What Are My Rights If I’m Arrested?

Getting arrested can be a terrifying and stressful experience. If you are arrested it is important to understand your rights. The arresting officer must read your rights, often called Miranda warnings. Failure to read your rights won’t automatically eliminate your case but it can have an impact on the evidence that is allowed in court. If you’ve been arrested you will have the right to an attorney, the right to remain silent, and the right to a speedy trial.

Miranda Warnings

If you’re being put under arrest you will be read your rights. It is important to understand:

  • You have the right to remain silent
  • You have the right to an attorney
  • If you can’t afford an attorney one will be appointed
  • Anything you say can be used against you in court
  • If you talk to police you have the right to stop the interview at any time

When these warnings aren’t given to you it is possible that some of the evidence against you may not be allowed. However, if you weren’t read your rights but no questioning occurred there is little or no impact on your case. It is important to consult with an experienced attorney before speaking with police.

How to Assert Your Rights

Once you’re under arrest you can choose to speak to law enforcement a much or as little as you like. It is generally best to assert your right to remain silent until you meet with a lawyer. To assert your right to remain silent you can simply inform the police that you refuse to speak with them and tell them you wish to consult with an attorney. If you have asserted your rights and law enforcement officials continue to question you, your Miranda rights have been violated. As such, anything you say after that point cannot be used as evidence in the case.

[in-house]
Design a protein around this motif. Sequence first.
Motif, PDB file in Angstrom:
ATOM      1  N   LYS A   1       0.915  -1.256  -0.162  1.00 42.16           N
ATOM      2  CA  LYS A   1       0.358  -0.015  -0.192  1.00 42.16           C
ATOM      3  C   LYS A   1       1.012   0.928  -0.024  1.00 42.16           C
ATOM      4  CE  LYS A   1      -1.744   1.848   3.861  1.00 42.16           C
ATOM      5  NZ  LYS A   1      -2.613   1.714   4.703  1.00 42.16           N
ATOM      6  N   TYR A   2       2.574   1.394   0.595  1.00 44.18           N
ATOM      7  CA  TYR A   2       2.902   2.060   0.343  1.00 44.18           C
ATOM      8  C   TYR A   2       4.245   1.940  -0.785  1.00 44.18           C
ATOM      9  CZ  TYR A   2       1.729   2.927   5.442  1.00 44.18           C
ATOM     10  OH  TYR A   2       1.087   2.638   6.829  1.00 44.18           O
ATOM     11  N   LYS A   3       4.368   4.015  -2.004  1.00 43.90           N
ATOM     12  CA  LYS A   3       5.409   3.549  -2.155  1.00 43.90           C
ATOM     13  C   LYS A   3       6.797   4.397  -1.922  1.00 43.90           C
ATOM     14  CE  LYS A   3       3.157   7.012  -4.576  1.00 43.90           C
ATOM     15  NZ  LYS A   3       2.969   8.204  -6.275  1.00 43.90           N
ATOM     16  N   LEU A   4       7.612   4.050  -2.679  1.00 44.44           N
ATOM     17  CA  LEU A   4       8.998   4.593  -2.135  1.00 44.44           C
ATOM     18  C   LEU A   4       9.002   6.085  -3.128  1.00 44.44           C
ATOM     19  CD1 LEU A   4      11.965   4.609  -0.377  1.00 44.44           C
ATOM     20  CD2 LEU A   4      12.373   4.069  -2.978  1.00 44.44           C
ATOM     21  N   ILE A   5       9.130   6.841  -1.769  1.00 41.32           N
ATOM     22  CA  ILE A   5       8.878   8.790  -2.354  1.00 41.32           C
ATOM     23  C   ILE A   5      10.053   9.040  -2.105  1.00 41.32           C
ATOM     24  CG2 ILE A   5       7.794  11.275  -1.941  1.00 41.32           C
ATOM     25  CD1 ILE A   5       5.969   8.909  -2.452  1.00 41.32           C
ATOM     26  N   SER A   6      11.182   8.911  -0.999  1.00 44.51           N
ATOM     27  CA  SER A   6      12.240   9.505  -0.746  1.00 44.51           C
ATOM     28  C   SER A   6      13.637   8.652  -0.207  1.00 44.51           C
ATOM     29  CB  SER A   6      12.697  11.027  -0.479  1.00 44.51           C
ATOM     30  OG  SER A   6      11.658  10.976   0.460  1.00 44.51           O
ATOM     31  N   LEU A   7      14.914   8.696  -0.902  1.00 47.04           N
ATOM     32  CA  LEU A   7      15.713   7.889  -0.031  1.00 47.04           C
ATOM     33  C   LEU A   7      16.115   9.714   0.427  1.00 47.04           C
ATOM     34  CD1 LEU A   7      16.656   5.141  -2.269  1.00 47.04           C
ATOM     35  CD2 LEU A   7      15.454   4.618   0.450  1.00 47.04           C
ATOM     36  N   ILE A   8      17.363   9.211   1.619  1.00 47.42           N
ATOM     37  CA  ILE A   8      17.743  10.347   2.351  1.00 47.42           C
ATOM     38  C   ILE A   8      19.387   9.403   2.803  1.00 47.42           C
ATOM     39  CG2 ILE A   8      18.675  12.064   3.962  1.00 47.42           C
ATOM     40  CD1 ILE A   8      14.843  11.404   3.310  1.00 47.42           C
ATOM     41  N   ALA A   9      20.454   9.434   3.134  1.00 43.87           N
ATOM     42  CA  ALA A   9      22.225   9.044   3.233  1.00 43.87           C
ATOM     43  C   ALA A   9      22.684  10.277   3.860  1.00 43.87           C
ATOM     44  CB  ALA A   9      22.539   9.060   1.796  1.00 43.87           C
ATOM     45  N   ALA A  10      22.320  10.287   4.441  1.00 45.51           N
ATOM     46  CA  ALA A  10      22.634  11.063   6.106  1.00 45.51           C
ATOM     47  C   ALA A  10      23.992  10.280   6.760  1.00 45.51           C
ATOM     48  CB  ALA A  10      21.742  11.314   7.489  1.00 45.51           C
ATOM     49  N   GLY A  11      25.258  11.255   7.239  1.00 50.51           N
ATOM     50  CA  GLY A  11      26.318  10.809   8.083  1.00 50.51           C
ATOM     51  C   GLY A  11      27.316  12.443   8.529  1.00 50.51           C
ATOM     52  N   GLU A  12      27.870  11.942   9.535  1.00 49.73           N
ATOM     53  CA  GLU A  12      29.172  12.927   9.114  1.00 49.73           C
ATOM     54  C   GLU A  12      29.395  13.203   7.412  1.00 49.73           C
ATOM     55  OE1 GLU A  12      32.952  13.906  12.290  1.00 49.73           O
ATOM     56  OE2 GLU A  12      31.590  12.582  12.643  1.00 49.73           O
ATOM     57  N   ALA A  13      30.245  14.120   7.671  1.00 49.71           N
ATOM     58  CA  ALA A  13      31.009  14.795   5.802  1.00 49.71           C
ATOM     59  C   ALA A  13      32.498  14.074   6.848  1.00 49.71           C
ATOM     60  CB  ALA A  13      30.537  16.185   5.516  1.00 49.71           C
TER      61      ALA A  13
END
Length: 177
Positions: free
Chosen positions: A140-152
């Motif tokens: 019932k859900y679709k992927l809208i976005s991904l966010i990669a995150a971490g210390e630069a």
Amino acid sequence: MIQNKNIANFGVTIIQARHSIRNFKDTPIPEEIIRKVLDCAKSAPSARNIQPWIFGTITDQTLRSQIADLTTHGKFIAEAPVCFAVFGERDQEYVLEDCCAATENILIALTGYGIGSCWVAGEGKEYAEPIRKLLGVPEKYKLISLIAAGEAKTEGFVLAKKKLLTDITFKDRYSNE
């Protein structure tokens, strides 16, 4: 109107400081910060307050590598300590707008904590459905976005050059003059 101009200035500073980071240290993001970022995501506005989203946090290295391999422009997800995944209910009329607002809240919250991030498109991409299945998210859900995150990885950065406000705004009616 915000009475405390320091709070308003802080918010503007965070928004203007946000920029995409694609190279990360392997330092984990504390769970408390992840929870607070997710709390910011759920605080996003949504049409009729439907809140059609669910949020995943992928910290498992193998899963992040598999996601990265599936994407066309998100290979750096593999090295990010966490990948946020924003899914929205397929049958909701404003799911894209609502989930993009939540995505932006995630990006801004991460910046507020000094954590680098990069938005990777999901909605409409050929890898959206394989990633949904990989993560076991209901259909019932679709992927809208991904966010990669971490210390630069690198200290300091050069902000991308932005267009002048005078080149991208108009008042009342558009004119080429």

What If I’m Questioned Before an Arrest?

Your Miranda rights apply to those who are being held in custody. Therefore, any immediate questions and responses, such as general on-the-scene questioning, can be used in court. Even though you aren’t yet in custody it is essential to be aware of the questions and responses to law enforcement. Sometimes even seemingly innocuous answers can come back to hurt you later on. For this reason it is always best to speak to an attorney as soon as possible.